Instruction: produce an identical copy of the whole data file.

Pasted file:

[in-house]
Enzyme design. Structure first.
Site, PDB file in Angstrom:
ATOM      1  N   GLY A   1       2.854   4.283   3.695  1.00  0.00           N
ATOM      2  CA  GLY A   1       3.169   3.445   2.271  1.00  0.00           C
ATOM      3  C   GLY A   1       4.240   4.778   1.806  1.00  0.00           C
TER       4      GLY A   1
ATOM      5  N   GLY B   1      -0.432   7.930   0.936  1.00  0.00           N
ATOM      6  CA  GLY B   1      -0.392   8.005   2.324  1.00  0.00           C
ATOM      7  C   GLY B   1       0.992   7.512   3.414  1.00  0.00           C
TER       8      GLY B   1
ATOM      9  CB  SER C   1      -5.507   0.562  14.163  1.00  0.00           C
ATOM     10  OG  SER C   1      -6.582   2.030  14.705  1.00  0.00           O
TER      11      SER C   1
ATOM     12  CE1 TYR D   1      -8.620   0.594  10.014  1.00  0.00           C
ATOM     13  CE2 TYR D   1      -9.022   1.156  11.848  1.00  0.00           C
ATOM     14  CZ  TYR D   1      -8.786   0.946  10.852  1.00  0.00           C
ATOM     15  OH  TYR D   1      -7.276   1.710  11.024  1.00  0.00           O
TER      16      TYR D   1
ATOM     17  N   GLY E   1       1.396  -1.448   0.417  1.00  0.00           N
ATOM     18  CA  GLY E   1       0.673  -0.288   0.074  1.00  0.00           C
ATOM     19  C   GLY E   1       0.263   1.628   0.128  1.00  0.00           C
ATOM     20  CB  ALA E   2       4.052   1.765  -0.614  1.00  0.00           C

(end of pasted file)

[in-house]
Enzyme design. Structure first.
Site, PDB file in Angstrom:
ATOM      1  N   GLY A   1       2.854   4.283   3.695  1.00  0.00           N
ATOM      2  CA  GLY A   1       3.169   3.445   2.271  1.00  0.00           C
ATOM      3  C   GLY A   1       4.240   4.778   1.806  1.00  0.00           C
TER       4      GLY A   1
ATOM      5  N   GLY B   1      -0.432   7.930   0.936  1.00  0.00           N
ATOM      6  CA  GLY B   1      -0.392   8.005   2.324  1.00  0.00           C
ATOM      7  C   GLY B   1       0.992   7.512   3.414  1.00  0.00           C
TER       8      GLY B   1
ATOM      9  CB  SER C   1      -5.507   0.562  14.163  1.00  0.00           C
ATOM     10  OG  SER C   1      -6.582   2.030  14.705  1.00  0.00           O
TER      11      SER C   1
ATOM     12  CE1 TYR D   1      -8.620   0.594  10.014  1.00  0.00           C
ATOM     13  CE2 TYR D   1      -9.022   1.156  11.848  1.00  0.00           C
ATOM     14  CZ  TYR D   1      -8.786   0.946  10.852  1.00  0.00           C
ATOM     15  OH  TYR D   1      -7.276   1.710  11.024  1.00  0.00           O
TER      16      TYR D   1
ATOM     17  N   GLY E   1       1.396  -1.448   0.417  1.00  0.00           N
ATOM     18  CA  GLY E   1       0.673  -0.288   0.074  1.00  0.00           C
ATOM     19  C   GLY E   1       0.263   1.628   0.128  1.00  0.00           C
ATOM     20  CB  ALA E   2       4.052   1.765  -0.614  1.00  0.00           C